In addition, Denmark also levied transit duties on land in Holstein , in particular from Lübeck , for road use on the Chaussee to Hamburg , the Stecknitz Canal and the Lübeck-Büchener Railway . It was one of the last successes of Lübeck's foreign policy that Mayor Theodor Curtius, together with his envoy Friedrich Krüger , succeeded in convincing the European powers to link the transit tariff issue with the sound tariff issue. The transit duties to be paid to Denmark for the movement of goods could thus be reduced to 20% of the initial value.

In 1842 the Sundzoll was initially reduced to 1 percent of the value of the goods for all ships regardless of their country of origin due to international pressure. Finally, Denmark agreed to the replacement of the sound tariff in the Copenhagen Convention of March 14, 1857. The one-off transfer fee of 30 million Danish Reichstalers (around 23 million Taler Prussian Kurant) had to be raised by the sea powers according to their previous quota. Lübeck and Hamburg participated with 102,996 and 107,012 Danish Reichstalers respectively (77,000 and 80,000 Taler Prussian Courant (see also Kurant )).

The Sundzoll Register as a historical source

The register in which the revenue from the Sund toll is entered is now in Rigsarkivet , the most important of the Danish State Archives ( Statens Arkiver ) in Copenhagen. It is a historical source of extraordinary importance to European economic and trade history as it recorded around 1.7 million passages through the sound over a period of 360 years (from 1497 to 1857). Specified are u. a. the starting point and the destination of the voyage, the home port of the ship and usually also its cargo.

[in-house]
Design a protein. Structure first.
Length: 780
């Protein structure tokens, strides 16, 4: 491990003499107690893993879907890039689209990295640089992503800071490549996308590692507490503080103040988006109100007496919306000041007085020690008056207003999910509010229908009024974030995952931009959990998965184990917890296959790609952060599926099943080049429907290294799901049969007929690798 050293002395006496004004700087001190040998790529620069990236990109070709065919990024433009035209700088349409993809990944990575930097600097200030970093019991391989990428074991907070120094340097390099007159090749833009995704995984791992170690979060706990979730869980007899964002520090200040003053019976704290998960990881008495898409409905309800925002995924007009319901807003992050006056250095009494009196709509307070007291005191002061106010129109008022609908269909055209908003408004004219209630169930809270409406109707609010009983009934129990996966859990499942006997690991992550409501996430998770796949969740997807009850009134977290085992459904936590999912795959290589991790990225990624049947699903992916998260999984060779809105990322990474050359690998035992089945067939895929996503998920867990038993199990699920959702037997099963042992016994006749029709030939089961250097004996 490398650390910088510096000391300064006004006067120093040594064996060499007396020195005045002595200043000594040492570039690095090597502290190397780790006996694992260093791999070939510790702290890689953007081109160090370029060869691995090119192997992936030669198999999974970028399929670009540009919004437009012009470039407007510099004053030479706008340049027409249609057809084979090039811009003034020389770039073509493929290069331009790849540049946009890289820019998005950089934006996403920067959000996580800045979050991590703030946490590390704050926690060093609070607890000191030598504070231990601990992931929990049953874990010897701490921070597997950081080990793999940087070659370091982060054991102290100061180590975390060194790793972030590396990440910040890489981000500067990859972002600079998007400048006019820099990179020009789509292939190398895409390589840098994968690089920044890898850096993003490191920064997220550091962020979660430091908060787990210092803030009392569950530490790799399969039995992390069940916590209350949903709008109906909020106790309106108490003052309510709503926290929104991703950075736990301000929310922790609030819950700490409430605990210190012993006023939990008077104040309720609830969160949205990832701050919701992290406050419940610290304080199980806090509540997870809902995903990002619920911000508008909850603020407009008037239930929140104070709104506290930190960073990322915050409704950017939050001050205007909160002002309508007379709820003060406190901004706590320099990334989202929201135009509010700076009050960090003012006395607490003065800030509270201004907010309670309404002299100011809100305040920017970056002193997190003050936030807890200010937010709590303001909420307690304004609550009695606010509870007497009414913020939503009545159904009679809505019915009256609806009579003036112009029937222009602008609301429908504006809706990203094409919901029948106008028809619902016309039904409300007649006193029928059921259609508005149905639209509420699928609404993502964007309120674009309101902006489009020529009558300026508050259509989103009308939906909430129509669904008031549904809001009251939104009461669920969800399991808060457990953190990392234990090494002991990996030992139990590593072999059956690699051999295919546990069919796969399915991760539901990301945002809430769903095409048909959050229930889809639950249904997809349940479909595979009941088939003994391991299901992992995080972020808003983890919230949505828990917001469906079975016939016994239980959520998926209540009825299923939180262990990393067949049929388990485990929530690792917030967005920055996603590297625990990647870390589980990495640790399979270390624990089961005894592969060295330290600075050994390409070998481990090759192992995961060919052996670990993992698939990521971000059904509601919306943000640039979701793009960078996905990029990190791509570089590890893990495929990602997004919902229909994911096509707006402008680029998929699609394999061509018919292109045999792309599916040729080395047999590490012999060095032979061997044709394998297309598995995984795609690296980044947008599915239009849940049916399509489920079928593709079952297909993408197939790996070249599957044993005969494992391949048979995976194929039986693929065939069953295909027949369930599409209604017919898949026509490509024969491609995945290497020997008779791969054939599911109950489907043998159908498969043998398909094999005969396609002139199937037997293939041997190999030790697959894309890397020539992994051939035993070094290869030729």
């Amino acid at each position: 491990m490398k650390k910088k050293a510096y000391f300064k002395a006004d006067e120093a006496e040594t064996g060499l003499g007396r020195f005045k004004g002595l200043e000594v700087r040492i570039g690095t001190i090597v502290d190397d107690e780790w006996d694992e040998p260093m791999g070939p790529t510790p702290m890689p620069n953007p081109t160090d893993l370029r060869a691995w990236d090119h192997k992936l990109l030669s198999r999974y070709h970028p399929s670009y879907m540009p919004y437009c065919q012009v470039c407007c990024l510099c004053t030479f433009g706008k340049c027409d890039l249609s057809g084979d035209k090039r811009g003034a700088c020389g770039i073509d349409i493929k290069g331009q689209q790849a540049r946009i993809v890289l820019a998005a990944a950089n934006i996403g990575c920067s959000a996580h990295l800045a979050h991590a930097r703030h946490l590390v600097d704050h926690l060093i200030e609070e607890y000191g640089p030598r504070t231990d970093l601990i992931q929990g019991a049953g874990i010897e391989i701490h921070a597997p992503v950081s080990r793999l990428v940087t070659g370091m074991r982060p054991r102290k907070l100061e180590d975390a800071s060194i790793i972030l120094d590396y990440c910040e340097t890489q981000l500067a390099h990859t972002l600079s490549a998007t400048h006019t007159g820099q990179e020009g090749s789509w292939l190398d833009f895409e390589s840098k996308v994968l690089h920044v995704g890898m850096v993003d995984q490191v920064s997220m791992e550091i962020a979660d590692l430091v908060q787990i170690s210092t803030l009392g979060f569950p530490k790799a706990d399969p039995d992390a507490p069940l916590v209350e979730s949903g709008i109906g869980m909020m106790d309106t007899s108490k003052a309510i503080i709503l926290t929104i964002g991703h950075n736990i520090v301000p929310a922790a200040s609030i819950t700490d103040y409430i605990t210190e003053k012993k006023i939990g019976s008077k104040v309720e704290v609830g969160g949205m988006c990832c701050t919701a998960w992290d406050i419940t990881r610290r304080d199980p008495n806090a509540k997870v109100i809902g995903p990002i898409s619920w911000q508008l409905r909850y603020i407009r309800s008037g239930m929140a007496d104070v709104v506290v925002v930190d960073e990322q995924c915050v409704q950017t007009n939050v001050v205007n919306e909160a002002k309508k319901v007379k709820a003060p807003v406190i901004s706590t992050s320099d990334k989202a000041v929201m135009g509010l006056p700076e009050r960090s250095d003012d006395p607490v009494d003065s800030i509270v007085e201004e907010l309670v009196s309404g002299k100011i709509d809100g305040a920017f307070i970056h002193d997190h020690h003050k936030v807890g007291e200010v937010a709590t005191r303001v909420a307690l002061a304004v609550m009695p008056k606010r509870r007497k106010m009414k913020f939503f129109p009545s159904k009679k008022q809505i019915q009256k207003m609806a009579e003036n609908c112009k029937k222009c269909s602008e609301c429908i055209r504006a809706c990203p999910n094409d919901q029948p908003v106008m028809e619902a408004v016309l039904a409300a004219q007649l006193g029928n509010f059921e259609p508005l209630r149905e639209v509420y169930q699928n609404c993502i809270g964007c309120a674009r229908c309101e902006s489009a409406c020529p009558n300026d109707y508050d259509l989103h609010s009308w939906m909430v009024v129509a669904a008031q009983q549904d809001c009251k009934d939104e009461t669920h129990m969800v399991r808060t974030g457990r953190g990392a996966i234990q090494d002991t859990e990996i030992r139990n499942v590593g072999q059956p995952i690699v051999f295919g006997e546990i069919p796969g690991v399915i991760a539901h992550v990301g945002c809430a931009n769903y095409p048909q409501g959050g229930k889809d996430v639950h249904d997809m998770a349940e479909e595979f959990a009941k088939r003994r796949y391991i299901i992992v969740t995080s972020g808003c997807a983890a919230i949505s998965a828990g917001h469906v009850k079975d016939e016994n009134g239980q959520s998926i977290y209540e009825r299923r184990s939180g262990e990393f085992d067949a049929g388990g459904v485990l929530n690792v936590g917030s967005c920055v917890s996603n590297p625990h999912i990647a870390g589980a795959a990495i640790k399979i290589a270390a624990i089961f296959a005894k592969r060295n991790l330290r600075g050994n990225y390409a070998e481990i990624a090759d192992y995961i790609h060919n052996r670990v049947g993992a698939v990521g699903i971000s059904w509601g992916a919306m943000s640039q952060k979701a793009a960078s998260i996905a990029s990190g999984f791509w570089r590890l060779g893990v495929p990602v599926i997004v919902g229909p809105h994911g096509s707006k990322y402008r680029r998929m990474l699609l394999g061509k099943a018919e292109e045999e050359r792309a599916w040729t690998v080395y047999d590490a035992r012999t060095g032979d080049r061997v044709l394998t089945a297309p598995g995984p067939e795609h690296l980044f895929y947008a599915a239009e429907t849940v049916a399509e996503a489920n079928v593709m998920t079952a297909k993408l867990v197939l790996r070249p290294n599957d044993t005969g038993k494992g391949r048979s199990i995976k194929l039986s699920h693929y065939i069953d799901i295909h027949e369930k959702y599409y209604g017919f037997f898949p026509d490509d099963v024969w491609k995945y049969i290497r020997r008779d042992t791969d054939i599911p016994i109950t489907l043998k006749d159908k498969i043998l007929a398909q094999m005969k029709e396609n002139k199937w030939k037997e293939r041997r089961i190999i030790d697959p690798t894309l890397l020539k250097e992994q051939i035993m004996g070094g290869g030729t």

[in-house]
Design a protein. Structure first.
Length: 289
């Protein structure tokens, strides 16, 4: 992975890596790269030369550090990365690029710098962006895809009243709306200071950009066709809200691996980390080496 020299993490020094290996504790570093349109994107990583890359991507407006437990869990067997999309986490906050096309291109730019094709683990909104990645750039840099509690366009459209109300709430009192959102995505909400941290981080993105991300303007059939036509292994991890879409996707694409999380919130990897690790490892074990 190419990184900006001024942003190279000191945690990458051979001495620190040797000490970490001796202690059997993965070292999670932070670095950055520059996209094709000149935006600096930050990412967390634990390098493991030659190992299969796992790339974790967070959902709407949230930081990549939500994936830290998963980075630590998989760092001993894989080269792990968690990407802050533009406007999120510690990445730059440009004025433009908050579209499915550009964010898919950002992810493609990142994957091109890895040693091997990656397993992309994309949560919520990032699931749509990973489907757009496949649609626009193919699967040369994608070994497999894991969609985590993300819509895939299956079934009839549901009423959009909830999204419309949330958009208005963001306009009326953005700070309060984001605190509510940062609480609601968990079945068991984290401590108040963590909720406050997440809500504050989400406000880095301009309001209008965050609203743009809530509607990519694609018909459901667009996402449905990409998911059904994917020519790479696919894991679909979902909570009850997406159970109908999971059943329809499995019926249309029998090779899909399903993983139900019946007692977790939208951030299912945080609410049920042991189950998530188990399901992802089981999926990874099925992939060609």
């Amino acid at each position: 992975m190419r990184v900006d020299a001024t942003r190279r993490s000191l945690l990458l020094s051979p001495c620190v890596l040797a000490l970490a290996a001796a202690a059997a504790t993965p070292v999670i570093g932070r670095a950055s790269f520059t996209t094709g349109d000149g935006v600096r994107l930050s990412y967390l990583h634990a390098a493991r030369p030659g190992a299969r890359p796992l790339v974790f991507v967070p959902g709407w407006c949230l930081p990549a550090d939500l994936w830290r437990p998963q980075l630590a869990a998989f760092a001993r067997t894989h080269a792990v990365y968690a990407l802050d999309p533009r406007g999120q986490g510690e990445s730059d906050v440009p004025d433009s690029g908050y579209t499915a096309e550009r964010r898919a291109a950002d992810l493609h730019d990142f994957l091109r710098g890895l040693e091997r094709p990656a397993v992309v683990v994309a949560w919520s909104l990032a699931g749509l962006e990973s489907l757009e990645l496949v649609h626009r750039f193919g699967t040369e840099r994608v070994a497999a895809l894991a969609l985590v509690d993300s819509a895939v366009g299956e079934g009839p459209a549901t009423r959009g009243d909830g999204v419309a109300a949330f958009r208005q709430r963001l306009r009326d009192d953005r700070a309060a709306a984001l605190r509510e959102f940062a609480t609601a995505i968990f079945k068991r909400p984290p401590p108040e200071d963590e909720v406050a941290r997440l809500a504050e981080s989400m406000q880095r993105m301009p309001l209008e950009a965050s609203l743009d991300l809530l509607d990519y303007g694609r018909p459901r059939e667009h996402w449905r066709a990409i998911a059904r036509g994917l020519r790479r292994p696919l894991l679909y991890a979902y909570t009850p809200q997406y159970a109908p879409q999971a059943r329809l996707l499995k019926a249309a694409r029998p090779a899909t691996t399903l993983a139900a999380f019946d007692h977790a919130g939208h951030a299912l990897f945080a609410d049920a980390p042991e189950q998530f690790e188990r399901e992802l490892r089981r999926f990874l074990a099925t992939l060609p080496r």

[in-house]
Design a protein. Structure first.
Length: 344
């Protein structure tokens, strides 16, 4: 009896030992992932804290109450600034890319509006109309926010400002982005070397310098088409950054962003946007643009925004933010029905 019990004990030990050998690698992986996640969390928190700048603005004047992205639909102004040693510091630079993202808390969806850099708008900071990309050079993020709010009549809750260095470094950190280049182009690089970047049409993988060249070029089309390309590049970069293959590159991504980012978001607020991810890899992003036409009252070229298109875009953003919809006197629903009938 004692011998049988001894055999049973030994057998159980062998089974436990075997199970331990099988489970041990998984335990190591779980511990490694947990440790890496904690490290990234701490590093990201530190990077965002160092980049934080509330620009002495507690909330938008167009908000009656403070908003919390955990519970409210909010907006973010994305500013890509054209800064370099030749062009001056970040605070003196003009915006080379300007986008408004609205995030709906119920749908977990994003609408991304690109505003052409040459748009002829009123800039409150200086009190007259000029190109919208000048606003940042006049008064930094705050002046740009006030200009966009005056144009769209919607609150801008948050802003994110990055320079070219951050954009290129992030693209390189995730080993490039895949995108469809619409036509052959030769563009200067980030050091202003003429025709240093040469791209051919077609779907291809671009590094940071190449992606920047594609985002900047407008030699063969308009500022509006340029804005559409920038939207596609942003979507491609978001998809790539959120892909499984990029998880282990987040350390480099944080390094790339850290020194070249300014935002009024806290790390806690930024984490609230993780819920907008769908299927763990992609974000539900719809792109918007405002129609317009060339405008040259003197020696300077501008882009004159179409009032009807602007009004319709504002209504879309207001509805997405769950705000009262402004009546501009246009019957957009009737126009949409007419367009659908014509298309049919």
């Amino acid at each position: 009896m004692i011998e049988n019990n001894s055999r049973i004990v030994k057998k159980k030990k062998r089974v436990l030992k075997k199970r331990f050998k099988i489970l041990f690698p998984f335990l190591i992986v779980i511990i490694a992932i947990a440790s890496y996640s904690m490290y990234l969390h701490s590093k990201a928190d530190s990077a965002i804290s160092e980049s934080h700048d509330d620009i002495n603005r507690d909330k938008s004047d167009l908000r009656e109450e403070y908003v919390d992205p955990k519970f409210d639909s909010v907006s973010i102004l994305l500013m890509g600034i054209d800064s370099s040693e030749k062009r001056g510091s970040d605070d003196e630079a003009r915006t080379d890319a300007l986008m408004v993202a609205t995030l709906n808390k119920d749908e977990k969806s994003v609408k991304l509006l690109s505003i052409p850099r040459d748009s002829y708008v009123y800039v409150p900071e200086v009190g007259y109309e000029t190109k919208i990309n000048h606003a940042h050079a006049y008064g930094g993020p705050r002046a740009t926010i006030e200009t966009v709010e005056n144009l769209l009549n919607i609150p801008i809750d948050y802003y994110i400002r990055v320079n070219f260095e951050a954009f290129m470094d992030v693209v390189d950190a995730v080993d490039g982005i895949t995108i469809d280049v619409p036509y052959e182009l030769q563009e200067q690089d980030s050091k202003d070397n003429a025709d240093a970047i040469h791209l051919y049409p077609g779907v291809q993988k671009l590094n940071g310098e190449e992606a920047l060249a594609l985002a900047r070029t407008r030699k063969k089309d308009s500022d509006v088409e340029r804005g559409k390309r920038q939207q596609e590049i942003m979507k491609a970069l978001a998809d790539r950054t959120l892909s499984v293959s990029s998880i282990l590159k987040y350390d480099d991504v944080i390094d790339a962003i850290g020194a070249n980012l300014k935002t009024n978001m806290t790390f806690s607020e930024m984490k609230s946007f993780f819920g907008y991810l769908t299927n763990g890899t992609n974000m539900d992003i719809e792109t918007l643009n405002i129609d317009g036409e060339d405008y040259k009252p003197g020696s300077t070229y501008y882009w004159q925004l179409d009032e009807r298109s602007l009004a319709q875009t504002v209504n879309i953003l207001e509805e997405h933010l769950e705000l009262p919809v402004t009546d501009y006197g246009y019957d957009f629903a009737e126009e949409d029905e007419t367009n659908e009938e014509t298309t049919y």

In 2007 the Sundzoll Register was declared a World Document Heritage. Since 2009, the Sundzoll Register in the Netherlands has been digitized by the University of Groningen and Tresoar , the Center for Frisian History and Literature in Leeuwarden . The project is scheduled to be completed in 2020.


  • Tabeller over skibsfart and varetransport named Øresund 1661–1783 and named Storebaelt 1701–1748 , ed. by Nina Ellinger Bang, København 1906ff. (Danish)
  • Antjekathrin Graßmann (Ed.): Lübeckische Geschichte , 1989, ISBN 3-7950-3203-2
  • Hermann Scherer: The Sundzoll . Duncker and Humblot, Berlin 1845
  • C [hristian] F [riderich] Wurm: The Sundzoll and its transplantation on German soil , Hamburg 1838
  • Carl Friedrich Wehrmann : The participation of Lübeck in the replacement of the Sundzolls , in: Journal of the Association for Lübeckische Geschichte und Altertumskunde, Vol. 6, Lübeck 1892, pp. 405-430
  • Emil Ferdinand Fehling : Fifty years ago. In memory of Friedrich Krüger and Lübeck's politics on the Sunde , in: Hansische Geschichtsblätter Vol. 33 (1906), pp. 219–243
  • Alfred Wünsche: The Sund - a traffic geographic study , Rostock 1937
  • Stefan Kroll , Karsten Labahn: The "Dutch Sundregister" as a source for long-distance trade in the port cities of the Baltic Sea region during the 18th century. Rostock University

Web links

Individual evidence

  1. ^ Wolfgang Petter: German fleet armor from Wallenstein to Tirpitz. In: Hans Meier-Welcker (founder), Friedrich Forstmeier (ed.): Military History Research Office (ed.): German military history in six volumes 1648-1939. Vol. 5, Section VIII: German Naval History of Modern Times. Pawlak, Hersching 1983, ISBN 3-88199-112-3 , p. 39.
  2. Werner Scheltjens: The volume of Dutch Baltic shipping at the end of the eighteenth century. A new estimation based on the Danish Sound Toll Registers . In: Scripta Mercaturae , vol. 43 (2009), issue 1/2, pp. 74–110, here p. 87 (English).
  3. Sound Toll Registers. Documentary heritage submitted by Denmark and recommended for inclusion in the Memory of the World Register in 2007 , accessed on July 18, 2015.
  4. Sound Toll Registers online , accessed on July 18, 2015 (English).